Before the report of the project on the lost Twitter bird(our previous post-an experiment on how to go viral on Twitter),let's take a break and talk about Ansoff.
Ansoff’s 1965 classic, Corporate Strategy, contains one of business’s most important and enduring strategic formulations. Before becoming a distinguished academic, writer, and consultant in the mid-1960s,Ansoff progressed through a series of planning positions at the Rand Corporation and Lockheed, ending this phase of his career as vice president and general manager of the Industrial Technology Division at Lockheed Electronics. Experience with diversiﬁcation planning helped him formulate key issues and tensions that ﬁrms face in choosing a growth strategy. The operating problem is akin to determining the best way to milk a cow. The strategic challenge is of a different order: “But if our basic interest is not the cow but in the most milk we can get for our investment, we must make sure that we have the best cow money can buy.”
In strategic terms,this translates into product-market combinations that are most advantageous to the ﬁrm. The Product-Market matrix (sometimes called the Corporate Strategy matrix) deﬁnes the options for achieving this.The Two Dimensions and Their Extremes. The Product-Market matrix explores two key dimensions: Product and Market.
Product. Businesses are built around products and services that deﬁne their value offering. Most offerings are limited in at least two ways: time, in that their relevance diminishes and redesign or renewal is usually required, and transferability, in that they tend to work best under certain market conditions. Ansoff noted that modifying the core offering is a key strategic choice.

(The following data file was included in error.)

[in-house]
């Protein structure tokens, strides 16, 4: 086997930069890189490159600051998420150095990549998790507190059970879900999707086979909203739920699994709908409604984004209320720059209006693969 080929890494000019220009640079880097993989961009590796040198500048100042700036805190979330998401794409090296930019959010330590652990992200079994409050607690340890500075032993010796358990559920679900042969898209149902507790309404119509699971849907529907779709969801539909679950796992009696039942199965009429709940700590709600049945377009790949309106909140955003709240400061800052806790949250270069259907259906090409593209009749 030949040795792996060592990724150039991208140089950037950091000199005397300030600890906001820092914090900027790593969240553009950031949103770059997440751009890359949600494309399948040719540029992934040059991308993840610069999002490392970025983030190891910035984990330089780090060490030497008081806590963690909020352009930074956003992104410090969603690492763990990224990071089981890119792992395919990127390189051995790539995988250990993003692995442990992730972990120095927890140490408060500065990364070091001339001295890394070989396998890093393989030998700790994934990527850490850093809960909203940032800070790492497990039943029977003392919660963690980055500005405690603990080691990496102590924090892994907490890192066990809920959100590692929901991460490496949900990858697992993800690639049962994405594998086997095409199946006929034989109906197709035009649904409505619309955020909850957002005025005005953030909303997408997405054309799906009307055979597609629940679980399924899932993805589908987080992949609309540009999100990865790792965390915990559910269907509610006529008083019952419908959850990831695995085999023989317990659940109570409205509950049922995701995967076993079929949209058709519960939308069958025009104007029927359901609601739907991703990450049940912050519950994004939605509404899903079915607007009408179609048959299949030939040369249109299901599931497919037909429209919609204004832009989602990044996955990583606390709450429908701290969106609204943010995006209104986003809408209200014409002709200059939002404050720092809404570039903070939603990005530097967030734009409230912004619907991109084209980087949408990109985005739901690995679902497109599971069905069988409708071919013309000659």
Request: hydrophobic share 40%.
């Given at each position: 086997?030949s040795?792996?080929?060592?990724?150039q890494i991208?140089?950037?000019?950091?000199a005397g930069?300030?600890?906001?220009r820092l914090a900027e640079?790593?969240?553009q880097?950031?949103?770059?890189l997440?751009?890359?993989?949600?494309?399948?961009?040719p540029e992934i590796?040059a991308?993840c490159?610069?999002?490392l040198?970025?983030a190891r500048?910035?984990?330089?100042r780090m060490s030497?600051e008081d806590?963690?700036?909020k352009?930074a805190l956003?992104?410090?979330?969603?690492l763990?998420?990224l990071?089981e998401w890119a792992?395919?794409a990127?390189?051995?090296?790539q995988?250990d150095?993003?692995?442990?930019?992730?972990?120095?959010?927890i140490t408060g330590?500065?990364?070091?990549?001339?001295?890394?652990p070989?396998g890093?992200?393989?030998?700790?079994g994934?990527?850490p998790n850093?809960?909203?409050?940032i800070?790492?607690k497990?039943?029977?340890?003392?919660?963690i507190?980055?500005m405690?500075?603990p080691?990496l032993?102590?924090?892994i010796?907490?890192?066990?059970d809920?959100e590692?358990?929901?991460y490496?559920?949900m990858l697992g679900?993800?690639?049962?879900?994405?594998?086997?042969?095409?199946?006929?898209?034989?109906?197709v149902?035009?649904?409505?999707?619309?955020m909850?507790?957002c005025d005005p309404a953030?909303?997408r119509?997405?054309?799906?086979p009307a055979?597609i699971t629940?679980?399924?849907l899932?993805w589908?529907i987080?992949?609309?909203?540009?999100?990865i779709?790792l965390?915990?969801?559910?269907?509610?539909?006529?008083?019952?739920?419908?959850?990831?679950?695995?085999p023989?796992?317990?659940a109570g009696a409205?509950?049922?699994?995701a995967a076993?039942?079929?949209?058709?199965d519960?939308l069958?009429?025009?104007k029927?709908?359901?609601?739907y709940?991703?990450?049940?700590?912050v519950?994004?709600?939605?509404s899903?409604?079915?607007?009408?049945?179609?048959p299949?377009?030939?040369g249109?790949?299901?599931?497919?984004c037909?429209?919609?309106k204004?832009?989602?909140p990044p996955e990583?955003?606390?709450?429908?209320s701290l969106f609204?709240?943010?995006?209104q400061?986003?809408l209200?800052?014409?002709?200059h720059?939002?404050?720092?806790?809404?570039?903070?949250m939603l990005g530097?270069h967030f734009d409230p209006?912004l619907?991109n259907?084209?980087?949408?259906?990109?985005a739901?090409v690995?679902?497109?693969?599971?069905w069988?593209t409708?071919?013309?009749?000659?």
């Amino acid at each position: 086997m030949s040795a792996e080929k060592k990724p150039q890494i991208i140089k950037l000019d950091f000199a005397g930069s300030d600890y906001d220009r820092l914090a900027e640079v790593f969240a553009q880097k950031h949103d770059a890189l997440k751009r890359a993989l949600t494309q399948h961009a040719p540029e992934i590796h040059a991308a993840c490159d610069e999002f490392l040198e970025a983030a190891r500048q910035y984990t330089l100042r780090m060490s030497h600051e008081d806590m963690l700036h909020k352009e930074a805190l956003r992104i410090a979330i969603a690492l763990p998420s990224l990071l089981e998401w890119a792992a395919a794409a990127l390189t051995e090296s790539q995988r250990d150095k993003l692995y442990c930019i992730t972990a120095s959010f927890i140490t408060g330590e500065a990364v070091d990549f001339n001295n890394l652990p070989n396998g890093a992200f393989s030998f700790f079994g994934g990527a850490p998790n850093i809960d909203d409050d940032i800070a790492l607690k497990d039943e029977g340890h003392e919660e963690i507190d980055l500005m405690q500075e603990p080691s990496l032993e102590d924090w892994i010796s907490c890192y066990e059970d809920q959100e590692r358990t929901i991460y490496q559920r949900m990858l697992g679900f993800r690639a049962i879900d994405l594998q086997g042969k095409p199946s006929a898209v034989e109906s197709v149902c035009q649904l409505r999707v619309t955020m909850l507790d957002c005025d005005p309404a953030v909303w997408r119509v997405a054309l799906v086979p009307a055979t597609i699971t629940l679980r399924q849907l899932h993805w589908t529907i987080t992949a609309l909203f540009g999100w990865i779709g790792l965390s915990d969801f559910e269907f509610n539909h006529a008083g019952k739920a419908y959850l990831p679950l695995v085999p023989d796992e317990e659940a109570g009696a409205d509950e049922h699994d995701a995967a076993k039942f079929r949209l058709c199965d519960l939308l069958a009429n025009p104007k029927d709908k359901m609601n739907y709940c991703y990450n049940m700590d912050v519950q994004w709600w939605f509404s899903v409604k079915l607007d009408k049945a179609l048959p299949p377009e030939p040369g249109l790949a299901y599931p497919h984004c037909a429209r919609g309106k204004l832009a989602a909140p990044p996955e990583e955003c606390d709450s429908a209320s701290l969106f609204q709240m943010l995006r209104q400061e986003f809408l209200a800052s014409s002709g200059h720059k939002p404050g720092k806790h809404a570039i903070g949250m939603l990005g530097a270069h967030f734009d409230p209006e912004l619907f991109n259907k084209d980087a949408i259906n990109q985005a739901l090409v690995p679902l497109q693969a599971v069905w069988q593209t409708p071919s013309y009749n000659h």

Market. Generally applied as Market options, this dimension distinguishes between customer markets that are well established and known to the ﬁrm versus all the rest that are not.
• Upper left: Product Development. Marketers understand the enormous value of a positive customer relationship and the goodwill and trust that go with it. This relationship capital allows a company to make new product offers more effectively and inexpensively to existing customers than to new ones. The advantages of this must be weighed against the possible damage resulting from negative spillover from the new to the existing product experience should it not be entirely satisfactory. When Stihl, the maker of the world’s top chain saws began to sell augurs, hedge trimmers, and complementary items such as cut-retardant leg chaps, it was practicing Product Development. Heineken has achieved great success by introducing over eighty brands around the world.
• Lower left: Market Penetration. This is the de facto strategy: change nothing and sell more of the same to existing customers. When a business does not consciously select a growth or diversiﬁcation strategy, it is doing this. When Stihl sells to the forestry industry, it is in this quadrant, as is Heineken when it supplies beer to European drinkers. This is the preferred strategy when a company’s product is performing well and there is room to increase market share.
• Lower right: Market Development. A well-developed product can be introduced into new markets to extend its value. This is ideal when little modiﬁcation is required and room for growth in the original market is restricted.Products as diverse as food, pharmaceuticals, and automobiles ﬁt this category.When Stihl reached out to recreational users and North American buyers, it was employing a Market Development strategy, as was Heineken when it began exporting its beer outside Europe, with great success.
|Time for diversification?|
• Upper right: Diversiﬁcation. Diversiﬁcation represents a near total strategic overhaul, simultaneously trading in both Product and Market. It is the most challenging, costly, and risky of the options. New skills and relationships need to be developed. Companies choose this strategy in conjunction with one or more of the others or when they have recognized a crisis. Ideally, there is a gradual migratory path leading from the known to the unknown. It would be easier for Stihl to evolve into a retail hardware supplier, say, than a candy manufacturer or entertainment company(The Power of the 2 x 2 Matrix). The recent misfortunes of Seagram’s Distillers and Vivendi’s (historically a water and utility company) painful transformation into a communications, media, and entertainment company are a reminder of the riskiness of Diversiﬁcation.